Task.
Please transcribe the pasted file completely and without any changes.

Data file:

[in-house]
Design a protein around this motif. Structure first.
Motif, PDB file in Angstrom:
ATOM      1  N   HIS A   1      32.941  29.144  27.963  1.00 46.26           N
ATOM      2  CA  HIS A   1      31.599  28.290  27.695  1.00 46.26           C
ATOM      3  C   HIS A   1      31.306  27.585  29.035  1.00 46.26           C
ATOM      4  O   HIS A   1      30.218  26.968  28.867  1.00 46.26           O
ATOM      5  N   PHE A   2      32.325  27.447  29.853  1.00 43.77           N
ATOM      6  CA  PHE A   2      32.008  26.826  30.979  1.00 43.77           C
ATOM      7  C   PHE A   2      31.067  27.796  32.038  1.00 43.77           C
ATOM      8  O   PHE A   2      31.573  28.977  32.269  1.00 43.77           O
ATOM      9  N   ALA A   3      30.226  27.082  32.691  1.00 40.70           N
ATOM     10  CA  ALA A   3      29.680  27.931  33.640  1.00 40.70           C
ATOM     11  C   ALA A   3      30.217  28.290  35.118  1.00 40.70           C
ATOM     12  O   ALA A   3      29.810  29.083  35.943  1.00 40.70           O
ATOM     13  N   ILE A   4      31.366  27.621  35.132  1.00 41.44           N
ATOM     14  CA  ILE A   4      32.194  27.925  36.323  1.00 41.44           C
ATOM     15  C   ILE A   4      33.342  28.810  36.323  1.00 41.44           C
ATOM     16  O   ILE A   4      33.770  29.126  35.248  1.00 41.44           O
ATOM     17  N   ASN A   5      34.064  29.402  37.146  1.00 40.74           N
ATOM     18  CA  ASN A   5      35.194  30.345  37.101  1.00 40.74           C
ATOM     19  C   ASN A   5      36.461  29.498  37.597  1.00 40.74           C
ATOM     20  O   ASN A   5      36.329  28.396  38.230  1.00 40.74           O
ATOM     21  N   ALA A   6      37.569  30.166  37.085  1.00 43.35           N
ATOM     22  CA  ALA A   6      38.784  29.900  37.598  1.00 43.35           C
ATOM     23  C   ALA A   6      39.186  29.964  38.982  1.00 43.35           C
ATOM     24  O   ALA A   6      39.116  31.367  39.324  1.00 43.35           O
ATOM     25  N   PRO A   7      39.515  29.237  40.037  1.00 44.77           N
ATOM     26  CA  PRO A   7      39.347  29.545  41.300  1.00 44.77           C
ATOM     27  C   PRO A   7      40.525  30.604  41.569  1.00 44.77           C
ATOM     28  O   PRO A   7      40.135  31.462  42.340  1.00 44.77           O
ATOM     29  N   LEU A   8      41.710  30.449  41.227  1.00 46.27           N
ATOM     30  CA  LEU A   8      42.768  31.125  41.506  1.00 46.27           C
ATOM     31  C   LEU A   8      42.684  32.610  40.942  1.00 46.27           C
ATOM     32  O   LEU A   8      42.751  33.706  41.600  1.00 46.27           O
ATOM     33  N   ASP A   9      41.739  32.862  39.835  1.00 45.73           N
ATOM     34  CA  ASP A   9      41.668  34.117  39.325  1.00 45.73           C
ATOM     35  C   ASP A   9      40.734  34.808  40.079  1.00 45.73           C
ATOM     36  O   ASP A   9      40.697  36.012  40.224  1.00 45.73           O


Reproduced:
[in-house]
Design a protein around this motif. Structure first.
Motif, PDB file in Angstrom:
ATOM      1  N   HIS A   1      32.941  29.144  27.963  1.00 46.26           N
ATOM      2  CA  HIS A   1      31.599  28.290  27.695  1.00 46.26           C
ATOM      3  C   HIS A   1      31.306  27.585  29.035  1.00 46.26           C
ATOM      4  O   HIS A   1      30.218  26.968  28.867  1.00 46.26           O
ATOM      5  N   PHE A   2      32.325  27.447  29.853  1.00 43.77           N
ATOM      6  CA  PHE A   2      32.008  26.826  30.979  1.00 43.77           C
ATOM      7  C   PHE A   2      31.067  27.796  32.038  1.00 43.77           C
ATOM      8  O   PHE A   2      31.573  28.977  32.269  1.00 43.77           O
ATOM      9  N   ALA A   3      30.226  27.082  32.691  1.00 40.70           N
ATOM     10  CA  ALA A   3      29.680  27.931  33.640  1.00 40.70           C
ATOM     11  C   ALA A   3      30.217  28.290  35.118  1.00 40.70           C
ATOM     12  O   ALA A   3      29.810  29.083  35.943  1.00 40.70           O
ATOM     13  N   ILE A   4      31.366  27.621  35.132  1.00 41.44           N
ATOM     14  CA  ILE A   4      32.194  27.925  36.323  1.00 41.44           C
ATOM     15  C   ILE A   4      33.342  28.810  36.323  1.00 41.44           C
ATOM     16  O   ILE A   4      33.770  29.126  35.248  1.00 41.44           O
ATOM     17  N   ASN A   5      34.064  29.402  37.146  1.00 40.74           N
ATOM     18  CA  ASN A   5      35.194  30.345  37.101  1.00 40.74           C
ATOM     19  C   ASN A   5      36.461  29.498  37.597  1.00 40.74           C
ATOM     20  O   ASN A   5      36.329  28.396  38.230  1.00 40.74           O
ATOM     21  N   ALA A   6      37.569  30.166  37.085  1.00 43.35           N
ATOM     22  CA  ALA A   6      38.784  29.900  37.598  1.00 43.35           C
ATOM     23  C   ALA A   6      39.186  29.964  38.982  1.00 43.35           C
ATOM     24  O   ALA A   6      39.116  31.367  39.324  1.00 43.35           O
ATOM     25  N   PRO A   7      39.515  29.237  40.037  1.00 44.77           N
ATOM     26  CA  PRO A   7      39.347  29.545  41.300  1.00 44.77           C
ATOM     27  C   PRO A   7      40.525  30.604  41.569  1.00 44.77           C
ATOM     28  O   PRO A   7      40.135  31.462  42.340  1.00 44.77           O
ATOM     29  N   LEU A   8      41.710  30.449  41.227  1.00 46.27           N
ATOM     30  CA  LEU A   8      42.768  31.125  41.506  1.00 46.27           C
ATOM     31  C   LEU A   8      42.684  32.610  40.942  1.00 46.27           C
ATOM     32  O   LEU A   8      42.751  33.706  41.600  1.00 46.27           O
ATOM     33  N   ASP A   9      41.739  32.862  39.835  1.00 45.73           N
ATOM     34  CA  ASP A   9      41.668  34.117  39.325  1.00 45.73           C
ATOM     35  C   ASP A   9      40.734  34.808  40.079  1.00 45.73           C
ATOM     36  O   ASP A   9      40.697  36.012  40.224  1.00 45.73           O